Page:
For what you can hear, yes, sort of. You can hear the sarcasm in the officer’s voice. You can hear him whistling and humming.

Of course, he knew he was being taped. I didn’t know that at the time.

I remember thinking that his behavior was odd. For example, he spoke politely about returning my license, while throwing it on the ground with a smirk. Why did he do that? Now I get it. He was playing to the tape. Obviously.

In addition, Rall wrote in his blog post that the LAPD dismissed his complaint without ever contacting him. Department records show that internal affairs investigators made repeated attempts to contact Rall, without success.”

In my version of events here, you can see the LAPD call log. Even the year is wrong in it. Anyone can falsify a call log. Fact: They didn’t call, or if they did, they didn’t leave a message. I am easy to reach by phone.

“Asked to explain these inconsistencies, Rall said he stands by his blog post.”

“As to why he didn’t mention any physical abuse in his letter to the LAPD in 2001, Rall said he didn’t want to make an enemy of the department, in part because he hosted a local radio talk show at the time. After listening to the tape, Rall noted that it was of poor quality and contained inaudible segments.”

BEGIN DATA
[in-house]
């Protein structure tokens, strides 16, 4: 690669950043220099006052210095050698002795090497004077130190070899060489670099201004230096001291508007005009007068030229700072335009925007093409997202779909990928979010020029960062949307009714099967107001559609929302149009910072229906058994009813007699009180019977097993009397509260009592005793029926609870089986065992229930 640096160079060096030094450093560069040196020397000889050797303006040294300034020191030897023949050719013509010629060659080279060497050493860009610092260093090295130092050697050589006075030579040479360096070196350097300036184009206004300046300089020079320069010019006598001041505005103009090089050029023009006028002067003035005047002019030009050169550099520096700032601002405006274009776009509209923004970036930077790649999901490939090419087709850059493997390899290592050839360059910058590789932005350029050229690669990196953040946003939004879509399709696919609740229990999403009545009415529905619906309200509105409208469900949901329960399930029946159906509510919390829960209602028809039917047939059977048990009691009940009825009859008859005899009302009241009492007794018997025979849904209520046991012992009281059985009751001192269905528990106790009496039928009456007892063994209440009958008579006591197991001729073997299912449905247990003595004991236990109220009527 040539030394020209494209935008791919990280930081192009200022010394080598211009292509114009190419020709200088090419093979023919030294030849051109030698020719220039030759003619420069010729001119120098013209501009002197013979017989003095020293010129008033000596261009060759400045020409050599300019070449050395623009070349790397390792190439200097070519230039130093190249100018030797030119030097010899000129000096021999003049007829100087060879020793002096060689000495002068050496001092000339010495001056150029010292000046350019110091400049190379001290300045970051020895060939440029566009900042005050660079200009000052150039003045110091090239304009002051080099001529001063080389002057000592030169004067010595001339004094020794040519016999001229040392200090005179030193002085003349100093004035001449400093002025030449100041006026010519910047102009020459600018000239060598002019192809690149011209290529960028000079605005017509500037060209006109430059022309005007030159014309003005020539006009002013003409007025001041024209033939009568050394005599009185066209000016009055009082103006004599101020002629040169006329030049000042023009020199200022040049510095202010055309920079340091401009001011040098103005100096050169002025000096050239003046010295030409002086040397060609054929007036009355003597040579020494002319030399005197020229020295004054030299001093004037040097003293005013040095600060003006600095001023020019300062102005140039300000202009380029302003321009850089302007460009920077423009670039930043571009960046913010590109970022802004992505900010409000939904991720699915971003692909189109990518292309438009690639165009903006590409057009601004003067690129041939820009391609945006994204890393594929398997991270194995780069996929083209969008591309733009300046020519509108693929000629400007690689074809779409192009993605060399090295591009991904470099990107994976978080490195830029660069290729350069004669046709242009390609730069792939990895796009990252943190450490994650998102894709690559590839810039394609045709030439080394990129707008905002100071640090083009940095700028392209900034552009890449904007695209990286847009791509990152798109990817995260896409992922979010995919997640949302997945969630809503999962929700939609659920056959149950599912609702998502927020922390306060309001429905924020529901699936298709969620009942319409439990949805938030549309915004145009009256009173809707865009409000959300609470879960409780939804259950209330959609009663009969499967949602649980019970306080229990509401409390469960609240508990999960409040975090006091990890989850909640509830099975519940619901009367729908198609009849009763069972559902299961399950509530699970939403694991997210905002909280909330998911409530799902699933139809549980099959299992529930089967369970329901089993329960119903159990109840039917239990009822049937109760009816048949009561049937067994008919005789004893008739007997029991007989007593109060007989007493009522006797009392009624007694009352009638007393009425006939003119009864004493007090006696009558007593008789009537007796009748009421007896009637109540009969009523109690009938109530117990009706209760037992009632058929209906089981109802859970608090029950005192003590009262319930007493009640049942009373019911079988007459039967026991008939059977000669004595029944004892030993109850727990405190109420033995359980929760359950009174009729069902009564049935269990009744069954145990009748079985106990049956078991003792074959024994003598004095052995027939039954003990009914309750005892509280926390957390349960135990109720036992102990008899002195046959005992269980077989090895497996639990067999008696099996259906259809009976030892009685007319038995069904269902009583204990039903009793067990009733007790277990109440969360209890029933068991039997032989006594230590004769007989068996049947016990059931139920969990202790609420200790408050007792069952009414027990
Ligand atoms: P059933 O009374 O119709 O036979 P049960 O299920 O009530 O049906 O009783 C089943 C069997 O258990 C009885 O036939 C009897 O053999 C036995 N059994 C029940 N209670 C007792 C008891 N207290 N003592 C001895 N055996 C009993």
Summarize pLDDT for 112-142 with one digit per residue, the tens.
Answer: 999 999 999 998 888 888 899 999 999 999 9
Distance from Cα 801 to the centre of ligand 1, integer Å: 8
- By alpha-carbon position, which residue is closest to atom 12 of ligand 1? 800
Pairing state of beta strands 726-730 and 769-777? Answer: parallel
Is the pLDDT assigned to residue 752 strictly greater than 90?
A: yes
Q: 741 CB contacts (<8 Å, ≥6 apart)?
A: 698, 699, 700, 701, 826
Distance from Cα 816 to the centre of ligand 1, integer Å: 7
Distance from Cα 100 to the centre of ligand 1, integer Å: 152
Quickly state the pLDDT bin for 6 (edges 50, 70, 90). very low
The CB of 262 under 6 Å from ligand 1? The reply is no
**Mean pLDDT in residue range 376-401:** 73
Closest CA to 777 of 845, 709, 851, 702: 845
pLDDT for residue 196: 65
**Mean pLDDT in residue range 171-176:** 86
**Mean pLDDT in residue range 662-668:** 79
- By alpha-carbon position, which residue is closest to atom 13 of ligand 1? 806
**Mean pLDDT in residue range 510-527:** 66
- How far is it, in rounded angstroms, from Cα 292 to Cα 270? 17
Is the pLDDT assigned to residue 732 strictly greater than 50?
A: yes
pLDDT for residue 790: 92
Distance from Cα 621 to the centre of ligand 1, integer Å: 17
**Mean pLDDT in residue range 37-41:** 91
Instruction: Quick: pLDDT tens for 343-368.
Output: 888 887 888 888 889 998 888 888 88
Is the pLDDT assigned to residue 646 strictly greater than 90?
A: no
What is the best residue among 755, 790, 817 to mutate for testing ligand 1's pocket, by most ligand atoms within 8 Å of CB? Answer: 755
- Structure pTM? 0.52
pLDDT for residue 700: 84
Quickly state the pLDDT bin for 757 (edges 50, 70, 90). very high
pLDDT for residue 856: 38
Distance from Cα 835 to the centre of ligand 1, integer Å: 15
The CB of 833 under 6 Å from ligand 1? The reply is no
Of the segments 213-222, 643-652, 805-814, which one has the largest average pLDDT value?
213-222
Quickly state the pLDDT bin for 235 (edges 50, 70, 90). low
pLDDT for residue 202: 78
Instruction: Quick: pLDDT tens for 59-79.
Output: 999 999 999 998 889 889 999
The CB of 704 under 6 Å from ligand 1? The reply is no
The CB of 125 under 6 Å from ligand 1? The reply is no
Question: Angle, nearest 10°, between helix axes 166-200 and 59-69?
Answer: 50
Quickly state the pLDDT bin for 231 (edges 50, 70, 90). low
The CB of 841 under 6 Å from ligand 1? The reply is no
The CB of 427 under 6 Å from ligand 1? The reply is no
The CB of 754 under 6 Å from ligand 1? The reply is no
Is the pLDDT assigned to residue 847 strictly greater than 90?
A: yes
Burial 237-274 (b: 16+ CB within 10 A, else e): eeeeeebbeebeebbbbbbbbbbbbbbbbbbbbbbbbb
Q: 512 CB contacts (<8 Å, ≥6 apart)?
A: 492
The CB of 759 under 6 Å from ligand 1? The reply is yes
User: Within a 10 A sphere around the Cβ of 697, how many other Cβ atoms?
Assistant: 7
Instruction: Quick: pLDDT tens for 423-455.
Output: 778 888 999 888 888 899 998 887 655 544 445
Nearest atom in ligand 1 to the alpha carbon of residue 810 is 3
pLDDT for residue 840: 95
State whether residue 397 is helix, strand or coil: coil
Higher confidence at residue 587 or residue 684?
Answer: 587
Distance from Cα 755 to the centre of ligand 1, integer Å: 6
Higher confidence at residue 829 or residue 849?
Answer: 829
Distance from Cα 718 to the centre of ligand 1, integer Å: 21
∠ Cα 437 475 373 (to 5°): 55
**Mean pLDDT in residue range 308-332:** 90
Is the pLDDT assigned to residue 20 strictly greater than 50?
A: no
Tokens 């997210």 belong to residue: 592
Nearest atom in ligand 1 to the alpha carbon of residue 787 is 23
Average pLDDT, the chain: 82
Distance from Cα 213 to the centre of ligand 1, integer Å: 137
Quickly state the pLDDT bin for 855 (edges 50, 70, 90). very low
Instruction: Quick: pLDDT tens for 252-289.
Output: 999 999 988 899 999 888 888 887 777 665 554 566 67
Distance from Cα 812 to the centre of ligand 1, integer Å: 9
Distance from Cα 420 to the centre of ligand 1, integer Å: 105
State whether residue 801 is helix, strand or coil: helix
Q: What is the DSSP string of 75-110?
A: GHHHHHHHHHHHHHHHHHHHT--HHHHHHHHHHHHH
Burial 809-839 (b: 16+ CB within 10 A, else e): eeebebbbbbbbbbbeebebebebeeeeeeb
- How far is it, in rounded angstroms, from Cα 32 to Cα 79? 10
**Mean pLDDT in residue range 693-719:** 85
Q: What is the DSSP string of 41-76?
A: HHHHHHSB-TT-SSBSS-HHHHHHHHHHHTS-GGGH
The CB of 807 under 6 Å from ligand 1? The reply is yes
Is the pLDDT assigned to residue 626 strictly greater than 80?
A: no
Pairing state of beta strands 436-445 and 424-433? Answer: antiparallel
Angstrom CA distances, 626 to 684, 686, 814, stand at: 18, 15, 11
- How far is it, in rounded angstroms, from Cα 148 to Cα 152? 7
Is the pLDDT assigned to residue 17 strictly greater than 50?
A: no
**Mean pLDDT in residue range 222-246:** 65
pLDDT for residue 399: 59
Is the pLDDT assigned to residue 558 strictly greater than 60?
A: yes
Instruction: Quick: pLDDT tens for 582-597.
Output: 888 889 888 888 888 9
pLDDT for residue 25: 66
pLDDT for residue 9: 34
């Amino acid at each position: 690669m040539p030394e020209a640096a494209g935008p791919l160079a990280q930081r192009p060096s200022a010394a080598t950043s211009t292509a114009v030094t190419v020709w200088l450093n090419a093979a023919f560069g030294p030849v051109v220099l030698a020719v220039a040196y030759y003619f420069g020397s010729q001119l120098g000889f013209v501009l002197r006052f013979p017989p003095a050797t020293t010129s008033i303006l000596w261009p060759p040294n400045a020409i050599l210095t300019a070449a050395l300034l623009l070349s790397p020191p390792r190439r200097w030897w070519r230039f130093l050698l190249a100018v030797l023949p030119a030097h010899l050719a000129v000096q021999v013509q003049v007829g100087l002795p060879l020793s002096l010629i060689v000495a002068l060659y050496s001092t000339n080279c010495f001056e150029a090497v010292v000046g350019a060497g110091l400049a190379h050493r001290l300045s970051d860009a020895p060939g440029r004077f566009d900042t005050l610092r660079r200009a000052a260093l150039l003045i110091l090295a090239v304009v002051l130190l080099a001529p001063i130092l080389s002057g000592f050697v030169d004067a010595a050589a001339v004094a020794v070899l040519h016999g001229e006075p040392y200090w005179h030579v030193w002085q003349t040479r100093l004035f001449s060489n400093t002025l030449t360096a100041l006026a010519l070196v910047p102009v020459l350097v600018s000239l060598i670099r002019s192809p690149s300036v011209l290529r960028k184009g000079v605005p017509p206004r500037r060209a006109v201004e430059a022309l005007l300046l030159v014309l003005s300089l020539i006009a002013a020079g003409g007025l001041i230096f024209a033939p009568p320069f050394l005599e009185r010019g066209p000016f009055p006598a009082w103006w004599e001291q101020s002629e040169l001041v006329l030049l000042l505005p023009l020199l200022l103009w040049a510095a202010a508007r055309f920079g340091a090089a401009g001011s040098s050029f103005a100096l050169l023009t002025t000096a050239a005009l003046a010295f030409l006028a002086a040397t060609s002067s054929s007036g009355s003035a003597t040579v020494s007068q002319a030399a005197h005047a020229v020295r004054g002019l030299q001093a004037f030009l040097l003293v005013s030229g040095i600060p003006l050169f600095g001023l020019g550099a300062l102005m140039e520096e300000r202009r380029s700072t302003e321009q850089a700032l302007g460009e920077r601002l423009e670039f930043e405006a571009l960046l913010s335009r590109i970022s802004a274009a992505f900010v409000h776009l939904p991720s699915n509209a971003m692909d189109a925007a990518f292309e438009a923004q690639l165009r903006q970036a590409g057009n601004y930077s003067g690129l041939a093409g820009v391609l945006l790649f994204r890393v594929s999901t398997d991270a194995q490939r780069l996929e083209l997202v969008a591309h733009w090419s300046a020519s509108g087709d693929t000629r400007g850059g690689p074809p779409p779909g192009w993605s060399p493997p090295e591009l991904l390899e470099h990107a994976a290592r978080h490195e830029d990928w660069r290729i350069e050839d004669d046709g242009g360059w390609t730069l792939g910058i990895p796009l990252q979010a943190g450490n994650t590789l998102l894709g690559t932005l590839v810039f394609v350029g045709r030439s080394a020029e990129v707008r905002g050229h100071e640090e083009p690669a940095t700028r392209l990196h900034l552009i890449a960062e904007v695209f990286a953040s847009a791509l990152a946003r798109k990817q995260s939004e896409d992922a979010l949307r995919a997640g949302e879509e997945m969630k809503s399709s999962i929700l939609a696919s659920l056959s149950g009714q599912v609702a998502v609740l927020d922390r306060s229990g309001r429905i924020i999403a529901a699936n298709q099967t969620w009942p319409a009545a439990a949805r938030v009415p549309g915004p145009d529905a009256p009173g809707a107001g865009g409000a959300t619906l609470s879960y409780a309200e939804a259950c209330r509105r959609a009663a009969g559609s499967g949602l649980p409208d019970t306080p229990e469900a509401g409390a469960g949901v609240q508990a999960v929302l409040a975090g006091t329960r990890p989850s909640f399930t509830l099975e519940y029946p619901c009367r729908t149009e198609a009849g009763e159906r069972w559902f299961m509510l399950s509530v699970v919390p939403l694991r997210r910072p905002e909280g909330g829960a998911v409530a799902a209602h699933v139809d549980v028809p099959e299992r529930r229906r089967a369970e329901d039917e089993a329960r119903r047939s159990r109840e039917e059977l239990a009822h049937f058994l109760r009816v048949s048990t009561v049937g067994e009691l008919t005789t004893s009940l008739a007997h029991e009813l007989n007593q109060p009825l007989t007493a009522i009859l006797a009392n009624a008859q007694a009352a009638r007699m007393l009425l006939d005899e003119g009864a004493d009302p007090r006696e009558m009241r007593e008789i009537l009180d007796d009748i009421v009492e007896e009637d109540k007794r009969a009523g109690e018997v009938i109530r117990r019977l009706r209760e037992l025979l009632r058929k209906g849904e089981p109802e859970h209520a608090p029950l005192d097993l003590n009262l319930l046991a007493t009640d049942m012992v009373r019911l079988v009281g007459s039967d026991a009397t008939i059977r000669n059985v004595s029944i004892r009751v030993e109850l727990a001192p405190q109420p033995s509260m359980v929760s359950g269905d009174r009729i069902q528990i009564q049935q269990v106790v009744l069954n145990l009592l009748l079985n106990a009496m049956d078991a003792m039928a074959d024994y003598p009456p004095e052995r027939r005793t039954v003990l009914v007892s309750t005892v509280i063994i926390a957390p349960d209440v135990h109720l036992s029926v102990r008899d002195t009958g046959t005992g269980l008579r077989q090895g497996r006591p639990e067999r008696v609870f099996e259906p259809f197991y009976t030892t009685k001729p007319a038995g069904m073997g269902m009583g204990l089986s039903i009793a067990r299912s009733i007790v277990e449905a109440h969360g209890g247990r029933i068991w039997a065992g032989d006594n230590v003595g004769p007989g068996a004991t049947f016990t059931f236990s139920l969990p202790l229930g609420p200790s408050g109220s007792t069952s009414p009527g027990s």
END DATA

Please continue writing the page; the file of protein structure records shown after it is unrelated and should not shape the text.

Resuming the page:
It’s true that I didn’t want to alienate the LAPD. As many people know, especially black people, cops can be dangerous.

I was also far more focused on the long-term injustice — being charged with a crime I didn’t commit — than the short-term, minutes-long humiliation of being detained in handcuffs on the street.

Speaking of accuracy, it would be more accurate to say that the tape is mainly inaudible, and contains some partly audible segments.

However, the recording and other evidence provided by the LAPD raise serious questions about the accuracy of Rall’s blog post. Based on this, the piece should not have been published.

Rall’s future work will not appear in The Times.”

“The Los Angeles Times is a trusted source of news because of the quality and integrity of the work its journalists do. This is a reminder of the need to remain vigilant about what we publish.” —Nicholas Goldberg, Editor of the Editorial Pages

The Los Angeles Times hasn’t covered itself with glory with this decision. Rather, it has sent a loud message to its editorial staff, reporters, freelancers and readers: If you produce work that the police or other powerful interests dislike, The Los Angeles Times will fire you.

I am professionally and personally insulted — but I’ll get over it.

Cops lie. Everyone knows that.

Journalism, on the other hand, suffers irreparable damage whenever editors sell out their writers for political favors.

For aNewDomain and the new SkewedNews satire site, I am Ted Rall.

Cover image: LA Times newsroom by BusBlog.TonyPierce.com, All Rights Reserved.


  • Fuck the police, Ted! And the LA Times, too! Didn’t they lead the charge in destroying the life of that Mercury News reporter who broke the story on CIA&crack_cocaine?

    Screw them!

  • This is a typical smear campaign against a journalist telling truth. Well, we can’t have that!

  • Maybe if you didn’t act like an idiot and just accepted the ticket for the law YOU broke you would still work at the LA Times. Typical behavior of people today to not accept the consequence of poor judgment. So blame everyone but yourself. In the meantime all of us on the sideline will watch as you continue to dig yourself deeper in a hole with excuses.